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Health hits to the hip pocket

Health hits to the hip pocket

HEALTH care costs drive 100 million people worldwide into poverty each year, according to a new report released by the World Health Organisation yesterday.

The 2010 World Health Report, which seeks to chart a path for financing universal health-care coverage, “identifies continued reliance on direct payments, including user fees, as by far the greatest obstacle to progress”.

“The obligation to pay directly for services at the moment of need – whether that payment is made on a formal or informal basis – prevents millions of people receiving health care when they need it; for those who do seek treatment, it can result in financial hardship, even impoverishment,” the report said.

A specialist at the WHO said out-of-pocket payment is the most important problem for Cambodia as well.

Dr Henk Bekedam, director of Health Sector Development for the Western Pacific at the WHO, said the single greatest factor that drove Cambodians into poverty when he worked here for the WHO from 1996-2002 was health-care expenses. “It is still one of the main causes”, he said.

“The main challenge we still see is that most of the expenditures are still coming from people’s own pockets and that’s a problem”, said Bekedam. “But the government has recognised this and has come up with a couple initiatives.”

The Cambodian government and local NGOs have been jointly operating a health-financing programme through Health Equity Funds that offer financial support to Cambodians unable to pay for hospital care. Bekedam said this is a “laudable” project, but urged the government to devote a larger percentage of its GDP to health spending.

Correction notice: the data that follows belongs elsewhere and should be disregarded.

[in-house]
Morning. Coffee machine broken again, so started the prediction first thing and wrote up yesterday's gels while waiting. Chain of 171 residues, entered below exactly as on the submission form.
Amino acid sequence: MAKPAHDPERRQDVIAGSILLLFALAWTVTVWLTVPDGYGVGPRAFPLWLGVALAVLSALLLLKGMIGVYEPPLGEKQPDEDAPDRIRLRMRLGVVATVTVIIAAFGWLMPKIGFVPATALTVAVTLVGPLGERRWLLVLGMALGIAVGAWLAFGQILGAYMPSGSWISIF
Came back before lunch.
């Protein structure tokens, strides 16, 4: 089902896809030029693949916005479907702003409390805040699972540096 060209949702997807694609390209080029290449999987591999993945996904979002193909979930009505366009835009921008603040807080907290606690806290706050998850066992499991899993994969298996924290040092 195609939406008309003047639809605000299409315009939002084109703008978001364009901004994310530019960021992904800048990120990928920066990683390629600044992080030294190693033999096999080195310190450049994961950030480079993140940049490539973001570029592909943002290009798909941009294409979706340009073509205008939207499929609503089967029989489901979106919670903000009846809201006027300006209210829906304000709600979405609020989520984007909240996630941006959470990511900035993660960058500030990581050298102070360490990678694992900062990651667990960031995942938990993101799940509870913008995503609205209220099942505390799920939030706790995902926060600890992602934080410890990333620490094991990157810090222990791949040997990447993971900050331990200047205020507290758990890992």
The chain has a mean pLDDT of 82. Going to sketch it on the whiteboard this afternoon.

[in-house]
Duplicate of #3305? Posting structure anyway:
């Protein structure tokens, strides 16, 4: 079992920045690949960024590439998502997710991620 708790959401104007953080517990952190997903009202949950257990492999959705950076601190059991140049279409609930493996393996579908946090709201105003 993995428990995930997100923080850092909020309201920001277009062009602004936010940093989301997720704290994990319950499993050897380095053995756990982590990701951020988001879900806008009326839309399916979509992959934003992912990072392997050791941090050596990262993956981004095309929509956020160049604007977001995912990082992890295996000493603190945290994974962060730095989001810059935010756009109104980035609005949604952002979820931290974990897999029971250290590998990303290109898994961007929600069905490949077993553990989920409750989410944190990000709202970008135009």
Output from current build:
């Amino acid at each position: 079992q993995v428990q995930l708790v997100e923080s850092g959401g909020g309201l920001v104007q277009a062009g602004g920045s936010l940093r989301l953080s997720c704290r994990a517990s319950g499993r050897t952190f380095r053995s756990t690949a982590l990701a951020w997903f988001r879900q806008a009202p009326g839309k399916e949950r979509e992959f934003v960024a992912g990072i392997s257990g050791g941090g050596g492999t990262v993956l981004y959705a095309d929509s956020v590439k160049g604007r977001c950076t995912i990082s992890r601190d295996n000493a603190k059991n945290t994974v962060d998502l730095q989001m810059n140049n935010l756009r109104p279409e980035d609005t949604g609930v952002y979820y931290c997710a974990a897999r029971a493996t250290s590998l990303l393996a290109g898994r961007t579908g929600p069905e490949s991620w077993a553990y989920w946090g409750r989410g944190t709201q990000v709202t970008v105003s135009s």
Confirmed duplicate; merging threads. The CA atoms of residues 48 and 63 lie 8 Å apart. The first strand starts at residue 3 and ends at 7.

According to Cambodia’s draft budget, approved by the Council of Ministers on October 15, US$165 million has been allocated to the Ministry of Health, an increase of 16 percent from last year.

“I would hope that a big part of that money would go to improving hospital health equity funds and making a good part of maternal and child health care for free,” Bekedam said.

Te Kuy Seang, secretary of state at the Ministry of Health, said the priorities within the ministry have yet to be finalised. “The budget division within the ministry will be made after the approval from the parliament and the Ministry of Economic and Finance’s announcement,” he said.

ADDITIONAL REPORTING BY CHEANG SOKHA

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